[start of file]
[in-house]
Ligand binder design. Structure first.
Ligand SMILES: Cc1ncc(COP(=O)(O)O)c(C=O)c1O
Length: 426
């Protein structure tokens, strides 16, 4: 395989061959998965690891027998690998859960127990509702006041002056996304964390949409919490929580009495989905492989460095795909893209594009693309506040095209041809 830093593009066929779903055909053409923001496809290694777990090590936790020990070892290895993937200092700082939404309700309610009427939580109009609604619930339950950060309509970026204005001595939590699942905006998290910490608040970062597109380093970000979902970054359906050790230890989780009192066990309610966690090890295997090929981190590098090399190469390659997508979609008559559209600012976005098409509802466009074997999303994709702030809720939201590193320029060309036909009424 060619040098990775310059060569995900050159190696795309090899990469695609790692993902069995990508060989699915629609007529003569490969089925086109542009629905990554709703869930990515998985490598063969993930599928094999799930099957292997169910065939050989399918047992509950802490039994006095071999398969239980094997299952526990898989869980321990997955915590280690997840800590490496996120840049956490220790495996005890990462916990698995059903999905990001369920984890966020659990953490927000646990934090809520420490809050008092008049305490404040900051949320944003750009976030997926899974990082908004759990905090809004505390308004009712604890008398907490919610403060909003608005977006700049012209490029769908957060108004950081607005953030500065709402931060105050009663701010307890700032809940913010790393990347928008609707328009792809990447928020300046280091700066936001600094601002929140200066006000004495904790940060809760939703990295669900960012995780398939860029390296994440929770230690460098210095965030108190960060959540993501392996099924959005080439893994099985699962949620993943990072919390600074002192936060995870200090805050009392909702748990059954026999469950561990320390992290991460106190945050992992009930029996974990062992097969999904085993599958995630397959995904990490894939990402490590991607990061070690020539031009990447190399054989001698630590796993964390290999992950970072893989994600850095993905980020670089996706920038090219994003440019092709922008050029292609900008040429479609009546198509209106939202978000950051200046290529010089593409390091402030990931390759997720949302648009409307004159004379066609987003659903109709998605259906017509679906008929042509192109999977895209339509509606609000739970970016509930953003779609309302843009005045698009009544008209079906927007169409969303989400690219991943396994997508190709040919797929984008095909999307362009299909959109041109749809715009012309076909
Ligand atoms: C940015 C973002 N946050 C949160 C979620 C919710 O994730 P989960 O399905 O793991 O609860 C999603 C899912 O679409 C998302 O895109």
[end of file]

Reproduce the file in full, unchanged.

[in-house]
Ligand binder design. Structure first.
Ligand SMILES: Cc1ncc(COP(=O)(O)O)c(C=O)c1O
Length: 426
């Protein structure tokens, strides 16, 4: 395989061959998965690891027998690998859960127990509702006041002056996304964390949409919490929580009495989905492989460095795909893209594009693309506040095209041809 830093593009066929779903055909053409923001496809290694777990090590936790020990070892290895993937200092700082939404309700309610009427939580109009609604619930339950950060309509970026204005001595939590699942905006998290910490608040970062597109380093970000979902970054359906050790230890989780009192066990309610966690090890295997090929981190590098090399190469390659997508979609008559559209600012976005098409509802466009074997999303994709702030809720939201590193320029060309036909009424 060619040098990775310059060569995900050159190696795309090899990469695609790692993902069995990508060989699915629609007529003569490969089925086109542009629905990554709703869930990515998985490598063969993930599928094999799930099957292997169910065939050989399918047992509950802490039994006095071999398969239980094997299952526990898989869980321990997955915590280690997840800590490496996120840049956490220790495996005890990462916990698995059903999905990001369920984890966020659990953490927000646990934090809520420490809050008092008049305490404040900051949320944003750009976030997926899974990082908004759990905090809004505390308004009712604890008398907490919610403060909003608005977006700049012209490029769908957060108004950081607005953030500065709402931060105050009663701010307890700032809940913010790393990347928008609707328009792809990447928020300046280091700066936001600094601002929140200066006000004495904790940060809760939703990295669900960012995780398939860029390296994440929770230690460098210095965030108190960060959540993501392996099924959005080439893994099985699962949620993943990072919390600074002192936060995870200090805050009392909702748990059954026999469950561990320390992290991460106190945050992992009930029996974990062992097969999904085993599958995630397959995904990490894939990402490590991607990061070690020539031009990447190399054989001698630590796993964390290999992950970072893989994600850095993905980020670089996706920038090219994003440019092709922008050029292609900008040429479609009546198509209106939202978000950051200046290529010089593409390091402030990931390759997720949302648009409307004159004379066609987003659903109709998605259906017509679906008929042509192109999977895209339509509606609000739970970016509930953003779609309302843009005045698009009544008209079906927007169409969303989400690219991943396994997508190709040919797929984008095909999307362009299909959109041109749809715009012309076909
Ligand atoms: C940015 C973002 N946050 C949160 C979620 C919710 O994730 P989960 O399905 O793991 O609860 C999603 C899912 O679409 C998302 O895109």